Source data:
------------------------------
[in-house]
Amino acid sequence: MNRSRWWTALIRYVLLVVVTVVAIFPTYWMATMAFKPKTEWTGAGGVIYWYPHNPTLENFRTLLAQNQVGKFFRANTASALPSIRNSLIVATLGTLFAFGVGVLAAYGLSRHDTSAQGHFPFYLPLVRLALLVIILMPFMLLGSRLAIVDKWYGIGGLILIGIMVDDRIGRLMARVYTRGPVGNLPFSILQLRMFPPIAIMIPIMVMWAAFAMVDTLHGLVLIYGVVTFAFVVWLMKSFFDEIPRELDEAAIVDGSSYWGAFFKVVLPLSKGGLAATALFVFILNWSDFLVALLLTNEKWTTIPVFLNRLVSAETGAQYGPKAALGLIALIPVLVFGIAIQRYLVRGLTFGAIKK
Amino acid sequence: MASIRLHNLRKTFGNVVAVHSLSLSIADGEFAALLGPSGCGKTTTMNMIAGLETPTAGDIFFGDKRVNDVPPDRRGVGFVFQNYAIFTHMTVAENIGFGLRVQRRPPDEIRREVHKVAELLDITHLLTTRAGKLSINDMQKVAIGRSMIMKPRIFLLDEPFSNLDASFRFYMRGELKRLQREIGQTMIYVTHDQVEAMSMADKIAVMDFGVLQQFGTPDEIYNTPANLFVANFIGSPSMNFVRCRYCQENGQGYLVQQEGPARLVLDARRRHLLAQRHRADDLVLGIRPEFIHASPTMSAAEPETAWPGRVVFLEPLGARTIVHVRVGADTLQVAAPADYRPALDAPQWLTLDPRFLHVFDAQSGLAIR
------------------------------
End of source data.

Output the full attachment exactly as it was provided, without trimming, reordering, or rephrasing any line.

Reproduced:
[in-house]
Amino acid sequence: MNRSRWWTALIRYVLLVVVTVVAIFPTYWMATMAFKPKTEWTGAGGVIYWYPHNPTLENFRTLLAQNQVGKFFRANTASALPSIRNSLIVATLGTLFAFGVGVLAAYGLSRHDTSAQGHFPFYLPLVRLALLVIILMPFMLLGSRLAIVDKWYGIGGLILIGIMVDDRIGRLMARVYTRGPVGNLPFSILQLRMFPPIAIMIPIMVMWAAFAMVDTLHGLVLIYGVVTFAFVVWLMKSFFDEIPRELDEAAIVDGSSYWGAFFKVVLPLSKGGLAATALFVFILNWSDFLVALLLTNEKWTTIPVFLNRLVSAETGAQYGPKAALGLIALIPVLVFGIAIQRYLVRGLTFGAIKK
Amino acid sequence: MASIRLHNLRKTFGNVVAVHSLSLSIADGEFAALLGPSGCGKTTTMNMIAGLETPTAGDIFFGDKRVNDVPPDRRGVGFVFQNYAIFTHMTVAENIGFGLRVQRRPPDEIRREVHKVAELLDITHLLTTRAGKLSINDMQKVAIGRSMIMKPRIFLLDEPFSNLDASFRFYMRGELKRLQREIGQTMIYVTHDQVEAMSMADKIAVMDFGVLQQFGTPDEIYNTPANLFVANFIGSPSMNFVRCRYCQENGQGYLVQQEGPARLVLDARRRHLLAQRHRADDLVLGIRPEFIHASPTMSAAEPETAWPGRVVFLEPLGARTIVHVRVGADTLQVAAPADYRPALDAPQWLTLDPRFLHVFDAQSGLAIR